You have to admire a game that takes such a bold approach to focusing on narrative and exploratory aspects over combat or other tried-and-true mechanics. The fact that it recently won “Best Narrative“ at the game awards is not an accident. This is one of those games that truly has the ability to bring in non-gamers. Amazing storytelling and mood broken up into nine chapters make this approachable to anyone. It was admittedly creepy and dealt with death a lot, but that added to the emotional element of it.
Like Edith Finch, Cuphead’s bold, unique, retro direction is something you have to love. Old-fashioned look, old-school mechanics, and old-school (translation: super difficult) gameplay. Though admittedly I’m not sure why they made the game SO difficult. Reminded me of the insanely challenging Castlevania experiences from back in the day. I remember seeing this game at various trade shows for what feels like years, and it looks like the team really took the time to make a modern/old-fashioned classic. There is simply no other game that looks or plays (translation: SUPER DIFFICULT) like it in 2017.
Have to be honest and admit that this game impressed me much more than I was immersed in it, mainly because of the limited amount of time I had to play. Amazing graphics, and the variety of mechanical monsters/animals was incredibly creative. I found the bow much more useful and fun than the closer combat, and I loved the way new abilities for it kept revealing themselves. Again, half of the awe I had for this game came from the amazing execution from the dev team. That alone made it one of the most memorable experiences in gaming for me this year.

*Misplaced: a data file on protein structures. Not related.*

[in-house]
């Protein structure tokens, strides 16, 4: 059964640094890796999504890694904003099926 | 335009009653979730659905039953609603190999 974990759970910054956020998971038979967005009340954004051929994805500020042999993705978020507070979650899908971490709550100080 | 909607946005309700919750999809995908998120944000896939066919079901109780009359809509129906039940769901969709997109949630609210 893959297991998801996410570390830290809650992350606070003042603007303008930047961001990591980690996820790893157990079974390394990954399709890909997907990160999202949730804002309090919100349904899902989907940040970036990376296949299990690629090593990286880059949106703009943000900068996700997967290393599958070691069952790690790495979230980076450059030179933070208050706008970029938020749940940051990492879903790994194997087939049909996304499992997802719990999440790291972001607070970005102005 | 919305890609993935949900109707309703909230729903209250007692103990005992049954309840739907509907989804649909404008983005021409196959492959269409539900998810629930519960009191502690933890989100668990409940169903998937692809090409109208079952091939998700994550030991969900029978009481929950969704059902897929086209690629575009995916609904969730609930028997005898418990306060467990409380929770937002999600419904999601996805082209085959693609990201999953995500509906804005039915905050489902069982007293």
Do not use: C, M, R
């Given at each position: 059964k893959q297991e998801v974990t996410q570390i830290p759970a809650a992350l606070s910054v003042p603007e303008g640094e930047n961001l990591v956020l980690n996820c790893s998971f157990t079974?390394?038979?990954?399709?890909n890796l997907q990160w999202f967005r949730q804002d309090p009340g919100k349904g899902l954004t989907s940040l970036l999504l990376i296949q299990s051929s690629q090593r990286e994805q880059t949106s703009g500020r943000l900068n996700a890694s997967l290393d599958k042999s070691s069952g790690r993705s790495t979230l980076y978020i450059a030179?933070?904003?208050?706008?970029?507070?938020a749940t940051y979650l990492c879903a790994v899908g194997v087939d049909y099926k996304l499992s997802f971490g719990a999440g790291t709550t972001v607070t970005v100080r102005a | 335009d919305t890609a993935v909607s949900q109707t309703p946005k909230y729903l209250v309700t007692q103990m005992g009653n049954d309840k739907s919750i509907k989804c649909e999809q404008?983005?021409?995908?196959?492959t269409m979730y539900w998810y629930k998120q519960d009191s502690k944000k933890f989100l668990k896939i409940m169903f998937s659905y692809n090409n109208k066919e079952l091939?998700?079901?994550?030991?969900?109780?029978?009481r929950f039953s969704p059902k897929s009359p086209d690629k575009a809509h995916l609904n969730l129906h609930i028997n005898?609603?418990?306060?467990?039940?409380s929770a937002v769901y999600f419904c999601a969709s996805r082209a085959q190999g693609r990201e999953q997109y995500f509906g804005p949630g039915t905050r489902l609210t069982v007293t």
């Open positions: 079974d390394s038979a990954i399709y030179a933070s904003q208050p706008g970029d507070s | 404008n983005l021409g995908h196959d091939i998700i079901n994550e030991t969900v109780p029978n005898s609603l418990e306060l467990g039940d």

I can’t believe it’s been 11 years since the first Gears of War was released. The Gears series made such an impact on the last generation of consoles. Gears 4 says, “Remember that feeling when you first saw/played Gears 1?" and adds to that with enough new elements to keep the experience fresh. It’s been so long since I’ve played a shooter with so much emphasis on the cover system, and (as much as it's been copied) Gears 4 brings it back in a great way. The campaign/story is fun, the graphics, while still decidedly "Gears", are great (bonus points for the addition of more colors)…but for me it's all about HORDE mode. Infinitely addicting.
I’ve never spent too much time with the RE series, but always admired them from afar. The combination/companion of the PS4/PS VR versions pushed this into the top 10 for me. The PS VR version was so intense, that it almost became a deterrent to me. Is there such thing as "too much" immersion in a game? I liked aiming more in VR, and personally prefer the 3rd-person perspective (introduced in RE4)…but I got used to the first-person quick enough. The Texas Chainsaw "creepy family" thing felt a bit familiar, but that didn’t deter from this game scaring the crap out of me.
Unexpected choice? Perhaps, but for a game that I’ve been playing the entire year, it would seem odd to not include it in this list.